Maybe markets should forget about 'transitory'
Stubbornly higher inflation doesn't mean the Fed's wrong ... yet.
The Fed considers 2% inflation to be optimal because it balances its dual mandate of price stability and maximum employment. The problem is that, before the Fed adopted FAIT in August 2020, if inflation started to rise toward this 2% level, the Fed typically would begin raising rates to slow inflation to prevent it from overshooting the 2% target. In practice, this strategy kept inflation from reaching 2% throughout the post-global crisis recovery and expansion, hampering economic and employment growth, particularly in low- and moderate-income communities that are now higher on the Fed’s policy radar. So, policymakers adopted FAIT as way to play catch-up, largely on worries a sub-2% inflation world could lock the economy into a self-reinforcing disinflationary spiral, undermining its growth potential and making it more difficult for policymakers to use tools that can help it attain—and maintain—its desired 2% inflation target.
Prices for most everything are up—gas, housing, cars, appliances, oil, natural gas, food (have you priced a good steak lately?), toys (if you can find them). Wages are climbing fast, too—average hourly earnings rose at a 6% annualized pace the past six months. Virtually every broad measure of inflation is running at multidecade highs. But while the Federal Reserve (Fed) may have gotten more than it wished for—inflation above 2%—it’s too early to call “policy mistake.’’ Earlier this year the Fed said it expected inflation to run hot as the economy pulled out of the pandemic recession, but was vague about for how long, saying only pricing pressures likely would prove “transitory.”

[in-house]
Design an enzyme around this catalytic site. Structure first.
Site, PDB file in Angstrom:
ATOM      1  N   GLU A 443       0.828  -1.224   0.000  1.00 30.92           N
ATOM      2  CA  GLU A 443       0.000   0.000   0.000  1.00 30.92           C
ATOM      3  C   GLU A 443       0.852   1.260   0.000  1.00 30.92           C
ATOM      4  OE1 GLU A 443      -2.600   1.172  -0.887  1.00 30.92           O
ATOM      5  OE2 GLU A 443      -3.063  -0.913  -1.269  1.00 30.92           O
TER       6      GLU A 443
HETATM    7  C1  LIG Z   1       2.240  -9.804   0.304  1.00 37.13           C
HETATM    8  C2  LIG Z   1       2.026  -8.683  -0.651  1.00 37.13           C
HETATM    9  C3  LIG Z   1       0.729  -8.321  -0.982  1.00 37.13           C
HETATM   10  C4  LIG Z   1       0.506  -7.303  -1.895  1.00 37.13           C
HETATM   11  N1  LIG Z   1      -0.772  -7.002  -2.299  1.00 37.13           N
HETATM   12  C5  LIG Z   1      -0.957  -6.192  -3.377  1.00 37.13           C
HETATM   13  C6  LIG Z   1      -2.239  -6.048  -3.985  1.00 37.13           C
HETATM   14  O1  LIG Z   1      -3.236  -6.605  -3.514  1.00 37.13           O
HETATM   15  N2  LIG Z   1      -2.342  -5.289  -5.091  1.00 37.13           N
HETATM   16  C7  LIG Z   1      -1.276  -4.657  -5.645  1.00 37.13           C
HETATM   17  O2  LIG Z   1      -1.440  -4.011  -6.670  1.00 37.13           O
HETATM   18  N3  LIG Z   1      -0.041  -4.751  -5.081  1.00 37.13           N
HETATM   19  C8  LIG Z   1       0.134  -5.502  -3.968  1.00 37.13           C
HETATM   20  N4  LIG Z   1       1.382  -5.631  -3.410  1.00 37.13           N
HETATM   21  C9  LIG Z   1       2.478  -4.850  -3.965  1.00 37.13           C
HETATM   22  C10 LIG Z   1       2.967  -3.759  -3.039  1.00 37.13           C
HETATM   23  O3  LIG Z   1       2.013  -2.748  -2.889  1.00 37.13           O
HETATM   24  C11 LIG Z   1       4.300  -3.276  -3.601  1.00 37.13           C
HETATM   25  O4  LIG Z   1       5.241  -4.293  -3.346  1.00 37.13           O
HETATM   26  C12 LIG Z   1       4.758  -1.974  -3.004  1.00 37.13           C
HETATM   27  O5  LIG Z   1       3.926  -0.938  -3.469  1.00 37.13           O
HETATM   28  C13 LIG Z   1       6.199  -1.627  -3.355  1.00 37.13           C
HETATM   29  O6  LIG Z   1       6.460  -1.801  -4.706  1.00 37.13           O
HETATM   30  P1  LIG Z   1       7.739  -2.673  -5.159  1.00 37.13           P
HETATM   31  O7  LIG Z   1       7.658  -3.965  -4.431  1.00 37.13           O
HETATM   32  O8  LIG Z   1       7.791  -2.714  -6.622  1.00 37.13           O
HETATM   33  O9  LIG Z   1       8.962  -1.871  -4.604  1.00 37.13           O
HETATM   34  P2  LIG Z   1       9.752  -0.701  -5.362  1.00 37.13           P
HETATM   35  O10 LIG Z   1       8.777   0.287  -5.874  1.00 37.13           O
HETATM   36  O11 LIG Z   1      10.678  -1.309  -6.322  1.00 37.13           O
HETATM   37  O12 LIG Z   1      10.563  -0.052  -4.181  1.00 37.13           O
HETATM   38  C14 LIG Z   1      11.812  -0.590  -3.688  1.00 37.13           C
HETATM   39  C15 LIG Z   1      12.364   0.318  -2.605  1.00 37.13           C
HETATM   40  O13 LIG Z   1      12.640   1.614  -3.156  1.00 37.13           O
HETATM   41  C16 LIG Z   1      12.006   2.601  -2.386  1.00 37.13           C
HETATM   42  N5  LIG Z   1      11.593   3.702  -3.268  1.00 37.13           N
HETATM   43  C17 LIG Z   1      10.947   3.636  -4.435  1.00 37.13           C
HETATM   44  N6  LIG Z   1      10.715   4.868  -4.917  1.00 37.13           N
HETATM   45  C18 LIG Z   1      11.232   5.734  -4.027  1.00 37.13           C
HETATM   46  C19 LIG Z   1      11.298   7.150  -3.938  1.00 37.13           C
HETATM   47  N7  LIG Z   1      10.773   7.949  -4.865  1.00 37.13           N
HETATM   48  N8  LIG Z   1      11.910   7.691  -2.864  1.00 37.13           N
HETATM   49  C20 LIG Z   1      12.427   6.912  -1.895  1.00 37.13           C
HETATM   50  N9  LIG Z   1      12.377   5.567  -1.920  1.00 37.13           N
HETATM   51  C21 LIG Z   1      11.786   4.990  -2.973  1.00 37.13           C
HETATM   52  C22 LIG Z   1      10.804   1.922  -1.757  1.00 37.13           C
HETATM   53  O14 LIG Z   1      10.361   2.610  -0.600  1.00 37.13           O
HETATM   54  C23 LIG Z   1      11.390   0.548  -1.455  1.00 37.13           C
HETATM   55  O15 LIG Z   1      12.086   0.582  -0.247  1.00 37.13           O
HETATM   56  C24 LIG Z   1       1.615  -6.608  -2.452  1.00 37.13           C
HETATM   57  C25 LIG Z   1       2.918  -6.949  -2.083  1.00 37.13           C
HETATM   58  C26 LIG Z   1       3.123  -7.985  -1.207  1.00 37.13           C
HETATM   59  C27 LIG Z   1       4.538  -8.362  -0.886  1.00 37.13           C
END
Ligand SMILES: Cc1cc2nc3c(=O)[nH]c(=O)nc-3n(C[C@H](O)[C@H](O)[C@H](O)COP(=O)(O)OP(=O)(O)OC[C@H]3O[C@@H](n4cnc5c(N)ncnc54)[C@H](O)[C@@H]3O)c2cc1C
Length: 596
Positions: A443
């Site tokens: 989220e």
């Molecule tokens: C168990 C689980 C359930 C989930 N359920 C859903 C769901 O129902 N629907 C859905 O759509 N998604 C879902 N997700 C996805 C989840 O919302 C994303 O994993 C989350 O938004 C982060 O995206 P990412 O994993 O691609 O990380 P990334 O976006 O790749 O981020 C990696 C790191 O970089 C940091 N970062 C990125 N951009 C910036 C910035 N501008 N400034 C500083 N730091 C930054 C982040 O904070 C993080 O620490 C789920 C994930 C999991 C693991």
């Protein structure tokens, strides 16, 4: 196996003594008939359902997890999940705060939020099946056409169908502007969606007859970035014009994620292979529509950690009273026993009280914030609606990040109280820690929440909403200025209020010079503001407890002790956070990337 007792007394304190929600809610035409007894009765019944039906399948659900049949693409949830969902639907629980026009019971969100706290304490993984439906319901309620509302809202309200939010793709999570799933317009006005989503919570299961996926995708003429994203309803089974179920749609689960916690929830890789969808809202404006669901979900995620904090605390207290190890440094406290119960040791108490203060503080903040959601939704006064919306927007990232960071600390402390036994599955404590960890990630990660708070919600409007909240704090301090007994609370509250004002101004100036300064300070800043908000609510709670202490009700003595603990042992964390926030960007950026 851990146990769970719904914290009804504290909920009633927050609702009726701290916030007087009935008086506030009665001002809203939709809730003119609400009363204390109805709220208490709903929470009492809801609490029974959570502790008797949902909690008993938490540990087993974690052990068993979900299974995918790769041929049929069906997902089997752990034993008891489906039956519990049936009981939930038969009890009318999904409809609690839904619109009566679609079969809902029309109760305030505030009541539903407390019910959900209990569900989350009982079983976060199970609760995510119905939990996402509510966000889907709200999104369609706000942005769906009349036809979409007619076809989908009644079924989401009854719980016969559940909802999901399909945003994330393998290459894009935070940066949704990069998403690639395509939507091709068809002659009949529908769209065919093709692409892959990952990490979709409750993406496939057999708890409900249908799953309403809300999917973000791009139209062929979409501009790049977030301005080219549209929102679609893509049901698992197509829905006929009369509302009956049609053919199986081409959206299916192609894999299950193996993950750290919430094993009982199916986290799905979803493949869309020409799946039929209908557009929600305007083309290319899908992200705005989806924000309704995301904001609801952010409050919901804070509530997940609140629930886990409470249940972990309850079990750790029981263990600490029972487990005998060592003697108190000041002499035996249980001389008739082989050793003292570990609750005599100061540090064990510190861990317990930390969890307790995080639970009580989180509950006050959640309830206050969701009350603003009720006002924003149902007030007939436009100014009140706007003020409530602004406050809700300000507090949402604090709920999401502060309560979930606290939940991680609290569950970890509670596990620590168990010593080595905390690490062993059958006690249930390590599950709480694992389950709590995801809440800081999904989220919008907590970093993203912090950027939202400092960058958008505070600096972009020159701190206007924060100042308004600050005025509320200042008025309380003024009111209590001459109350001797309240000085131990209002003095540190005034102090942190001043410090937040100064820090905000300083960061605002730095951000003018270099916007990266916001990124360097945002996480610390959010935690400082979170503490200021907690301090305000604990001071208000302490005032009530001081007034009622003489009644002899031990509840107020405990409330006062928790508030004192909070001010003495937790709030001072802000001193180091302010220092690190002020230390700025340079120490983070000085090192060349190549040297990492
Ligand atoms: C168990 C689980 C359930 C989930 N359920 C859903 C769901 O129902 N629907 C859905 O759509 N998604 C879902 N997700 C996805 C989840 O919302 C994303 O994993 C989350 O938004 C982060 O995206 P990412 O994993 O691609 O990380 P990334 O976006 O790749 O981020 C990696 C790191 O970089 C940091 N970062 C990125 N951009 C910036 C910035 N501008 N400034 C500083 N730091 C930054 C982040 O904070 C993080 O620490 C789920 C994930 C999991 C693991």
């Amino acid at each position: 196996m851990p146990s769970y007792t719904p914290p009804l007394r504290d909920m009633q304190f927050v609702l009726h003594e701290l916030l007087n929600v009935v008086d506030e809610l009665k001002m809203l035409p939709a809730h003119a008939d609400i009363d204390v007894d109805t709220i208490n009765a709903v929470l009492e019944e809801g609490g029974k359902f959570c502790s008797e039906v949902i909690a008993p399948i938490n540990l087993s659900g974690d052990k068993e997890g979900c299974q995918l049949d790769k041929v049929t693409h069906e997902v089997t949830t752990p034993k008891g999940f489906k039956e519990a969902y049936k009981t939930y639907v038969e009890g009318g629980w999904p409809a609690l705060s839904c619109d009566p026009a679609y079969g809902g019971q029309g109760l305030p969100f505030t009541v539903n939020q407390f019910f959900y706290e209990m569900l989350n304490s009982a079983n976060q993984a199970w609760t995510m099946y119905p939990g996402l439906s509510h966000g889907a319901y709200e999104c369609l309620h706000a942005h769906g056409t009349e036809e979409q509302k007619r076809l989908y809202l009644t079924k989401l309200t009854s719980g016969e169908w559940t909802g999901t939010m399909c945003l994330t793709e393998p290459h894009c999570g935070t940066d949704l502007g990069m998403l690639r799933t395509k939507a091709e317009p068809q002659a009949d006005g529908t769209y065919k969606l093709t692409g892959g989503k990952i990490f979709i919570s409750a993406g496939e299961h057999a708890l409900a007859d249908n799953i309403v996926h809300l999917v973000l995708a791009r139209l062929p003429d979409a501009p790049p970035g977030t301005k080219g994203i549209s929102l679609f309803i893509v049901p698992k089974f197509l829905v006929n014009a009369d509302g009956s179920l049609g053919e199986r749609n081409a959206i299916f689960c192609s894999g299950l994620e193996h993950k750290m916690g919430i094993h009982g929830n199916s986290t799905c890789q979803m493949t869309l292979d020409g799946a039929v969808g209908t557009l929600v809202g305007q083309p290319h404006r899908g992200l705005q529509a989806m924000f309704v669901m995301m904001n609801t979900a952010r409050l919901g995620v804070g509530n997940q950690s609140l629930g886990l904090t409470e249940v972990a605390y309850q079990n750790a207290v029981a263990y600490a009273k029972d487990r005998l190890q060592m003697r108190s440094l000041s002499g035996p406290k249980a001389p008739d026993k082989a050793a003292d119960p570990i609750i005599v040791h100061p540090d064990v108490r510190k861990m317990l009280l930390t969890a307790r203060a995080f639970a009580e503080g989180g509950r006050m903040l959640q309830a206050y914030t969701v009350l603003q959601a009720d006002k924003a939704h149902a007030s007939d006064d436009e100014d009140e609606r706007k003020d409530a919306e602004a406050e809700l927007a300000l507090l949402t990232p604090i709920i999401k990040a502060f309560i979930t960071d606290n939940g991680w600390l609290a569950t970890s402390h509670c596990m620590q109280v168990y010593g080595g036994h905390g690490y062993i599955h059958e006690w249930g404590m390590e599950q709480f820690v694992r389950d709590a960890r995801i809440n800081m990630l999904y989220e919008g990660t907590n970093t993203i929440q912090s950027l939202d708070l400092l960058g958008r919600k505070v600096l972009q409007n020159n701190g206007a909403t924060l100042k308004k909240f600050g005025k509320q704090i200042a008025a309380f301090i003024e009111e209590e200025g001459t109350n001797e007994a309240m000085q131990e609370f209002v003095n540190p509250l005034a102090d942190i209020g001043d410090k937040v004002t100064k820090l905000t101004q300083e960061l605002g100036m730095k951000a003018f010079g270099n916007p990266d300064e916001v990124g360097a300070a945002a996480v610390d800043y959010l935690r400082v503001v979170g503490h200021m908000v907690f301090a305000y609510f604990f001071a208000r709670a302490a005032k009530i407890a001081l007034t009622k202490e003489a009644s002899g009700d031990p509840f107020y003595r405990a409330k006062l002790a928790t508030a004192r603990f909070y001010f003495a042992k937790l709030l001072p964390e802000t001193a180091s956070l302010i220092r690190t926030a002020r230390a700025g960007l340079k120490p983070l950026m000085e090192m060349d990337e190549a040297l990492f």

The question is, how long can inflation run hot? Possibly a lot longer than some investors think. Remember, when the Fed a year ago laid out its new flexible average inflation targeting (FAIT) regime, it did so because it wanted inflation to run a little hot. It was—and is—seeking to lift average long-term PCE inflation to 2%, a level until this year that it had failed to meet for more than a decade. What it didn’t say is how far it was looking back to compute this long-term average. 10 years? 5 years? Less? This matters because the longer the Fed looks back, the longer it could let inflation run above 2% without feeling compelled to start reining it in. Since the depths of the global financial crisis, average PCE inflation ran well below 2% before this year. That’s a lot of ground to make up to lift the long-term average to 2%, if indeed the average goes back that far.
The recent spike in inflation should be viewed in this context. While there are reasons to wonder if inflation will moderate anytime soon—froth is coming off some transitory reopening components but the shelter-inflation upswing has begun and supply chains remain clogged—it’s too early to say whether some of these pressures will prove more structural than temporal. That is, the Fed’s FAIT strategy is being tested, and the test isn’t over yet. While FAIT doesn’t explicitly define the time frame over which inflation is averaged, September’s policy meeting and minutes provided clues. Policymakers projected PCE to average 4.2% this year before tailing off to 2.2% next year and in 2023 and 2.1% in 2024. Their dot plot also indicated the first rate hike could come before the end of next year. Consumer inflation expectations suggest a longer period of rising prices, with the latest New York Fed survey putting medium-term inflation expectations—those for three years out—at 4.2%, the highest since the series started in 2013. Short-term expectations are at 5.3%, also a new high. So, there are reasons to believe inflation risks are to the upside and will continue to challenge central bankers’ ill-defined “transitory” view. One way or the other, time will tell.